December 2002
Volume 43, Issue 13
ARVO Annual Meeting Abstract  |   December 2002
Can Nasal Ischaemia Predict Proliferative Retinopathy in Type 2 Diabetes?
Author Affiliations & Notes
  • GC Vafidis
    Department of Ophthalmology GKT Rayne Institute London United Kingdom
  • JV Arnold
    Eye Department Central Middlesex Hospital London United Kingdom
  • AM Hamilton
    Department of Ophthalmology GKT Rayne Institute London United Kingdom
  • Footnotes
    Commercial Relationships   G.C. Vafidis, None; J.V. Arnold, None; A.M. Hamilton, None.
Investigative Ophthalmology & Visual Science December 2002, Vol.43, 3860. doi:
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      GC Vafidis, JV Arnold, AM Hamilton; Can Nasal Ischaemia Predict Proliferative Retinopathy in Type 2 Diabetes? . Invest. Ophthalmol. Vis. Sci. 2002;43(13):3860.

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      © ARVO (1962-2015); The Authors (2016-present)

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Abstract: : Purpose: To define arc-pattern nasal retinal ischaemia on fluorescein angiography (FFA) and explore its temporal relationship with development of proliferative diabetic retinopathy (PDR) Methods: We analysed FFA of 30 Type 2 diabetic eyes with peripheral retinal ischaemia in 4 quadrants. Areas of ischaemia were identified when crossing arterioles and venules stained in late-venous phase angiograms. Tracing disc and main vessels on to overlaid acetate sheets created a retinal montage of each eye and the posterior limit of vessel staining was marked on the montage. This produced a centripetal arc-pattern around the disc in the nasal retina. The anterior limit of the arc was marked if present. The best fit 'centre' of the posterior arc was determined by comparison with overlaid concentric circles and distance from arc to nasal disc was measured in disc diameters (dd). The onset of subsequent PDR in these eyes was determined from clinical records. Results: All eyes that developed PDR within a year of the FFA date (n=8) had nasal retinal ischaemia almost up to (<1dd) the disc margin. Those developing PDR within 1-2years (n=11) had 1-2dd of nasal retina between posterior limit of ischaemia and disc and in both these groups the arc-pattern centred on the optic disc. One eye developed PDR after 4 years' follow up with 2+ dd arc distance. In the remainder (n=10), PDR had not developed an average of 1.7 years (range 1-4y) since the FFA. Although the majority had arc distances 1 - 2dd from the disc, 3 of these non-proliferative eyes had ischaemia within1dd of the nasal disc margin. Conclusion: We report an observed trend between proximity of retinal ischaemia to the nasal disc margin and onset of PDR in Type 2 diabetes. If this simple formula were to be validated by larger numbers, it would be a useful guide for planning prophylactic and macular laser treatment. Although the majority of eyes examined conformed to the observed trend, the exceptions warrant further analysis to try to identify local and systemic features that may have delayed onset of PDR.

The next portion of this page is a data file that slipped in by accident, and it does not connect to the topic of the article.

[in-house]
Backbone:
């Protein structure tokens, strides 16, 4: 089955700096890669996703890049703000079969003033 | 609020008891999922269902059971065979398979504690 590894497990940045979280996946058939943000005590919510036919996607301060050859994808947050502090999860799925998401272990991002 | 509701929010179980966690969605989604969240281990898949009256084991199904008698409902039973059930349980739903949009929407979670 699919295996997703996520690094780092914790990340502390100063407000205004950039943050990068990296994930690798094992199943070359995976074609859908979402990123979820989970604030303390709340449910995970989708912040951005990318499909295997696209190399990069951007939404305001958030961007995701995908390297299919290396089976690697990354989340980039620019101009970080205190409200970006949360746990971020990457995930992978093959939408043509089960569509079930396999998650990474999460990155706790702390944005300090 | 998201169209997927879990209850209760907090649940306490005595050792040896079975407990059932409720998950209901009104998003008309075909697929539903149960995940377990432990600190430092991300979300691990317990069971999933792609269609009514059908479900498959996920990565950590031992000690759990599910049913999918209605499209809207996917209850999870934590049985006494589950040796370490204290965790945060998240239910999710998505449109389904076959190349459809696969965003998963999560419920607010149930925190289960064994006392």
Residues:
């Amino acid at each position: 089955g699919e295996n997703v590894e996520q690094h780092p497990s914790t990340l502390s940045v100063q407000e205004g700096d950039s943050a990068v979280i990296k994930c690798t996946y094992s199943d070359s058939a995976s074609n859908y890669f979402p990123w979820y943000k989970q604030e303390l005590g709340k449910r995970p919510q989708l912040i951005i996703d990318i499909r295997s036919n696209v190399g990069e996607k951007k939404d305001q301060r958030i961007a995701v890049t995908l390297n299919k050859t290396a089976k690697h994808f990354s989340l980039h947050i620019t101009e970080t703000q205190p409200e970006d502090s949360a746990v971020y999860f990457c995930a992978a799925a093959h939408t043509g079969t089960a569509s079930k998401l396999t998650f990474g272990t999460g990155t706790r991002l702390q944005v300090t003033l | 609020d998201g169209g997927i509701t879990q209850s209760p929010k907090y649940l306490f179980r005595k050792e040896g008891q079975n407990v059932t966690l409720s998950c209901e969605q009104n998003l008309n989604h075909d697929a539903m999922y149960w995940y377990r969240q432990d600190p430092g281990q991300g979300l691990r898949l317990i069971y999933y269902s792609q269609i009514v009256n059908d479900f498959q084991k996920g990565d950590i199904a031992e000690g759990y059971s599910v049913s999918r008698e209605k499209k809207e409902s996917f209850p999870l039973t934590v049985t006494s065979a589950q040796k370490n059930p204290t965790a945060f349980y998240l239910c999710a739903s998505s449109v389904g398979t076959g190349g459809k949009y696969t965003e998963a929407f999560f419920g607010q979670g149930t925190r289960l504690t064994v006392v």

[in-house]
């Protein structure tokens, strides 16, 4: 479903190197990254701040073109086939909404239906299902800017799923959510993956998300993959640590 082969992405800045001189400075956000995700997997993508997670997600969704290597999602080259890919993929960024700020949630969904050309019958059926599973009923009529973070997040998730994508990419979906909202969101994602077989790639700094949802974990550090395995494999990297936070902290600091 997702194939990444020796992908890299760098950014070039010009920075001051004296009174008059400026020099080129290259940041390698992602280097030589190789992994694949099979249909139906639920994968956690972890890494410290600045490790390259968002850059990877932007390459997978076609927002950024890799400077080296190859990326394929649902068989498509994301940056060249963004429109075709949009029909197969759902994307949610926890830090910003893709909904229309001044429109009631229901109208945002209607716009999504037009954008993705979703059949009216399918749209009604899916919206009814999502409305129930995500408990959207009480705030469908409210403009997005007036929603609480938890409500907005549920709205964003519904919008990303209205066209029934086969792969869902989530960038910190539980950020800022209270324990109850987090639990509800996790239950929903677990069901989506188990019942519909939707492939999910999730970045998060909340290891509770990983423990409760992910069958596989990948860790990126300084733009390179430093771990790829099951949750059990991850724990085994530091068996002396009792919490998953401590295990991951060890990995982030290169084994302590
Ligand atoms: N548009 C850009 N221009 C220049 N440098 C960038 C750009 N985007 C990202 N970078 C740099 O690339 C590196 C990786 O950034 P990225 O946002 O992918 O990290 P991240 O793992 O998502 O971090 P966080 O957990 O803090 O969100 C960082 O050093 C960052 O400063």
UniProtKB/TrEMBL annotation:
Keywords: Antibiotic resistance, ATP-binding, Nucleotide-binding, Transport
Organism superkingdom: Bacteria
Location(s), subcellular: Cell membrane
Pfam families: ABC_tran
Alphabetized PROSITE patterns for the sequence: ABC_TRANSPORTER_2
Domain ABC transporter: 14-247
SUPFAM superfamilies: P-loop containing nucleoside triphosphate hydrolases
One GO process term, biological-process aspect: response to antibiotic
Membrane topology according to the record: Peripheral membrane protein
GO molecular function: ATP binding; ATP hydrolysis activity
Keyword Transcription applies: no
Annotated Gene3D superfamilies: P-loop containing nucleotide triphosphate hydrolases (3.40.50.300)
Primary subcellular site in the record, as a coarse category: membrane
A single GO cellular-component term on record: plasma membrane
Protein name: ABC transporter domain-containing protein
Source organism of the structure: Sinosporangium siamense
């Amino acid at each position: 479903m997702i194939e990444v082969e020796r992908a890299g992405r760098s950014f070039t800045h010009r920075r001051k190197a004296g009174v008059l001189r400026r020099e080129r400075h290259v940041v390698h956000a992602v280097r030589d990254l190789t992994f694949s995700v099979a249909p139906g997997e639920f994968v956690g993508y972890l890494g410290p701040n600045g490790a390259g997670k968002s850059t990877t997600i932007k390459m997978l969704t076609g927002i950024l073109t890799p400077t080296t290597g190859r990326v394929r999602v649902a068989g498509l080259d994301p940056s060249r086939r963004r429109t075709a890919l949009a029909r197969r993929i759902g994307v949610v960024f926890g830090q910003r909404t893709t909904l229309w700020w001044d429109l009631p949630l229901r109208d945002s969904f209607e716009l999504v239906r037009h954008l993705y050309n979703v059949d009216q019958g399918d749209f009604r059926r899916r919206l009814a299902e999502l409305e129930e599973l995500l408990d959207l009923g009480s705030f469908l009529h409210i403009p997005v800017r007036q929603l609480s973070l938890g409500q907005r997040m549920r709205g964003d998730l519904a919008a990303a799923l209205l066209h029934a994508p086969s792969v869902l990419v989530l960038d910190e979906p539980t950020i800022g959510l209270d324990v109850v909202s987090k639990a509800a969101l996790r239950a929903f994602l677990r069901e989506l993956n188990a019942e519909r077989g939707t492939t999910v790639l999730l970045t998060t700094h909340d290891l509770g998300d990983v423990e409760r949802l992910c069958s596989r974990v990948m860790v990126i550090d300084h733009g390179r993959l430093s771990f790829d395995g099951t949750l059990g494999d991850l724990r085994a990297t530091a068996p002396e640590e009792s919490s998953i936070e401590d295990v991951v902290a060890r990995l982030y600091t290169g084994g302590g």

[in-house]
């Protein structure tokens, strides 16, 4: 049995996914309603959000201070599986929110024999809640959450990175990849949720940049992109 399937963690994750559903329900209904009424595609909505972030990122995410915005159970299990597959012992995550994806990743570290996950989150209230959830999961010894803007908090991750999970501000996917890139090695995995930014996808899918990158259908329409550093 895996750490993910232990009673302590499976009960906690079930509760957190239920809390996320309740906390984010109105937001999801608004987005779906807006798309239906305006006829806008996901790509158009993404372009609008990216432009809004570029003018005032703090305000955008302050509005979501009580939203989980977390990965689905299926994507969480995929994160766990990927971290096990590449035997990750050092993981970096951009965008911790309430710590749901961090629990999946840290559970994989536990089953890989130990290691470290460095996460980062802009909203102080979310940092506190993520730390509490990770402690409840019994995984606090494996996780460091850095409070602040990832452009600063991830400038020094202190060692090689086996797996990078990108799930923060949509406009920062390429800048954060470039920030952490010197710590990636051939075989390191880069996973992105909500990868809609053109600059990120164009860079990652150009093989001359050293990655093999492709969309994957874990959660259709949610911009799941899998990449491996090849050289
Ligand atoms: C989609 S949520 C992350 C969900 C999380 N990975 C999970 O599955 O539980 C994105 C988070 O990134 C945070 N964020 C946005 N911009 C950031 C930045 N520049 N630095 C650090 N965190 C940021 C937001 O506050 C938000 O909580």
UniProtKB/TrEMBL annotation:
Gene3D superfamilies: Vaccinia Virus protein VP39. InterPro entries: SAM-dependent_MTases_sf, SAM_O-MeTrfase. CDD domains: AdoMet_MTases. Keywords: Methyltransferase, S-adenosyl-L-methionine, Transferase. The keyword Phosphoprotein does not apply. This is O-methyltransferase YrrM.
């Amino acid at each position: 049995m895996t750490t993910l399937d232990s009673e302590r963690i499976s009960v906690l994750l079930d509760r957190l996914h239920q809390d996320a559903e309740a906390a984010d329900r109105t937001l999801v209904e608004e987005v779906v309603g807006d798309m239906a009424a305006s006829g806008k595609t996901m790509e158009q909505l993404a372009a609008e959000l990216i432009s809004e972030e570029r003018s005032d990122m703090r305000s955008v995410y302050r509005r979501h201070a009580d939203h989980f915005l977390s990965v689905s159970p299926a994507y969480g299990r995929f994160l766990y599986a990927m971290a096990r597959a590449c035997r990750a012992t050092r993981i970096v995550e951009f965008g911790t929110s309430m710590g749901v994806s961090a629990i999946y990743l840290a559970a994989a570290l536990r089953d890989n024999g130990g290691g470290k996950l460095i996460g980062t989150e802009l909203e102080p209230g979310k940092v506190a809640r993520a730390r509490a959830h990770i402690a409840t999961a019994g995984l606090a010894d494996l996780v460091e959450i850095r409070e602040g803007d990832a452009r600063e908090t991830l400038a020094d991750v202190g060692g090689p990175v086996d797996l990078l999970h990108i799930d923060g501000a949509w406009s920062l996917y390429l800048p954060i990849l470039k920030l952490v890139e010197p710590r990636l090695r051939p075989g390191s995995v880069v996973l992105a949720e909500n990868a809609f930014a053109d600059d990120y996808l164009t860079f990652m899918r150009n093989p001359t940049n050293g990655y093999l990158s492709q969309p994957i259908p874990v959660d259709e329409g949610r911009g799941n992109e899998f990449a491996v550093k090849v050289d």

Keywords: 448 ischemia • 523 proliferation • 388 diabetic retinopathy 

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